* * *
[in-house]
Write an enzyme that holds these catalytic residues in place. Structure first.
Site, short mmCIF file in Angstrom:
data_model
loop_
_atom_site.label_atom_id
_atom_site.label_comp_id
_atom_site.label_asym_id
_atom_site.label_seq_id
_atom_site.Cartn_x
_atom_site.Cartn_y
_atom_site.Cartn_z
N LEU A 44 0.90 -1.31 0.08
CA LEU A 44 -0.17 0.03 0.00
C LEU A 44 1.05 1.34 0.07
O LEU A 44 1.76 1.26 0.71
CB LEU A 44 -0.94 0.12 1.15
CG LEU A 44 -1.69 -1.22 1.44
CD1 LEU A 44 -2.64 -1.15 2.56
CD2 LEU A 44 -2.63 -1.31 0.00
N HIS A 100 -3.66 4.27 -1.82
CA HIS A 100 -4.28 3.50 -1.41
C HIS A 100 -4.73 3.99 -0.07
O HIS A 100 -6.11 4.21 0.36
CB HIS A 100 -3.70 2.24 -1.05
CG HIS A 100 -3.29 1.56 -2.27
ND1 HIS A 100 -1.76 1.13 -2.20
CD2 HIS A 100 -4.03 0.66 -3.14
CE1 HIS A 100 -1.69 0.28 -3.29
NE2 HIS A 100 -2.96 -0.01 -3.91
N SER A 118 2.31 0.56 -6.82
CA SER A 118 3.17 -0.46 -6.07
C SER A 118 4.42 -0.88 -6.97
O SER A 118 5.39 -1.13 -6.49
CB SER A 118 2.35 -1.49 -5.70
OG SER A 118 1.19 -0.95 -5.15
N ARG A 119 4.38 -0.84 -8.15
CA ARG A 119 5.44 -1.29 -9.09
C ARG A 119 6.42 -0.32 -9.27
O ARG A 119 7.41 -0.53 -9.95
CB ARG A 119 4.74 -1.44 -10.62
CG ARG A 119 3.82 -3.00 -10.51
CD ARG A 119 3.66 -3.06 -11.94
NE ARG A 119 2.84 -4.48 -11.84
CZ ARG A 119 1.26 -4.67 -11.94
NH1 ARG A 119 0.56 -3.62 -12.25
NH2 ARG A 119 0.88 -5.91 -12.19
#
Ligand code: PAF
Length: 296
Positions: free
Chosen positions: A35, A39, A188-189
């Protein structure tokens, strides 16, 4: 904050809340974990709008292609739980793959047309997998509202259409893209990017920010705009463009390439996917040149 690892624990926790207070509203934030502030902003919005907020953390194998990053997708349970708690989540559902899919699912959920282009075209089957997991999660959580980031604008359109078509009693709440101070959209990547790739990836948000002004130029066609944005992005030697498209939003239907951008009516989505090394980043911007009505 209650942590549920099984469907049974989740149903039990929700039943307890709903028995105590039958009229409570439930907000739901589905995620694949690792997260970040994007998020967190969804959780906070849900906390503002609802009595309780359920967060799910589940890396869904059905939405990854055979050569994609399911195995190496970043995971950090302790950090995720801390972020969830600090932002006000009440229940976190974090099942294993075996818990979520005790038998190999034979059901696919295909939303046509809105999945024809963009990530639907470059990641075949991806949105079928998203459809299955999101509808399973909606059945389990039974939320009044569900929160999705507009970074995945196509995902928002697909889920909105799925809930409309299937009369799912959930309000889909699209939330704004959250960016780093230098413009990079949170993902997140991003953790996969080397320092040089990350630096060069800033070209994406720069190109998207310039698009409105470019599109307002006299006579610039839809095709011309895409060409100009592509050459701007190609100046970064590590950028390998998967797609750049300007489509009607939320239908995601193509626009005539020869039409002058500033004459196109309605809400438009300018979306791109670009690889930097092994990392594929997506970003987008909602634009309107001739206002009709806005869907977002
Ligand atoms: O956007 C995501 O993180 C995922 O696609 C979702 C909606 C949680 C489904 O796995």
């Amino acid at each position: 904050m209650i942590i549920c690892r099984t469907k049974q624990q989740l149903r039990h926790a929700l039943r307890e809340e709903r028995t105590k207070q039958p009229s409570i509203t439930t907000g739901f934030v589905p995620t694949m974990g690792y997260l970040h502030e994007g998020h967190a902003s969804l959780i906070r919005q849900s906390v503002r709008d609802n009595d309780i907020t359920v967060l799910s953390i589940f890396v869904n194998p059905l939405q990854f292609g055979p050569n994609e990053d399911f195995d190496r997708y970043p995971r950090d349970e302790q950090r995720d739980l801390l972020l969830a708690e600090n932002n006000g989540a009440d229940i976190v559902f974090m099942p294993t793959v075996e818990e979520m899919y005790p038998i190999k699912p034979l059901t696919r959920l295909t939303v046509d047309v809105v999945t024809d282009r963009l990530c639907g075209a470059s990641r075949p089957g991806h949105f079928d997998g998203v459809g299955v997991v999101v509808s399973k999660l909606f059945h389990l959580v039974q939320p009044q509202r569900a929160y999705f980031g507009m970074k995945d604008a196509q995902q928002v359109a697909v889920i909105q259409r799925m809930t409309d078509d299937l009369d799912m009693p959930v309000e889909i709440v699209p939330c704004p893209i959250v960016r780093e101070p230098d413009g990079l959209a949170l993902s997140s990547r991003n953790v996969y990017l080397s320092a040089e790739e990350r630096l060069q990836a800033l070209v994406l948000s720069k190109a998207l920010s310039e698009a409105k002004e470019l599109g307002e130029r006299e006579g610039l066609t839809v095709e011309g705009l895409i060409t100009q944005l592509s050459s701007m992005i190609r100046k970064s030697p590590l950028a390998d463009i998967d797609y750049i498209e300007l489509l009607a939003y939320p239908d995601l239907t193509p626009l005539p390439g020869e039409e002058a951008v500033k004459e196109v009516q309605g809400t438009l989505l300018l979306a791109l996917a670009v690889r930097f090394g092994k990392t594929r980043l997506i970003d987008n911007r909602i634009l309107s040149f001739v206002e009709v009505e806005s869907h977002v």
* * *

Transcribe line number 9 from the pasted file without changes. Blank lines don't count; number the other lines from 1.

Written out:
_atom_site.label_seq_id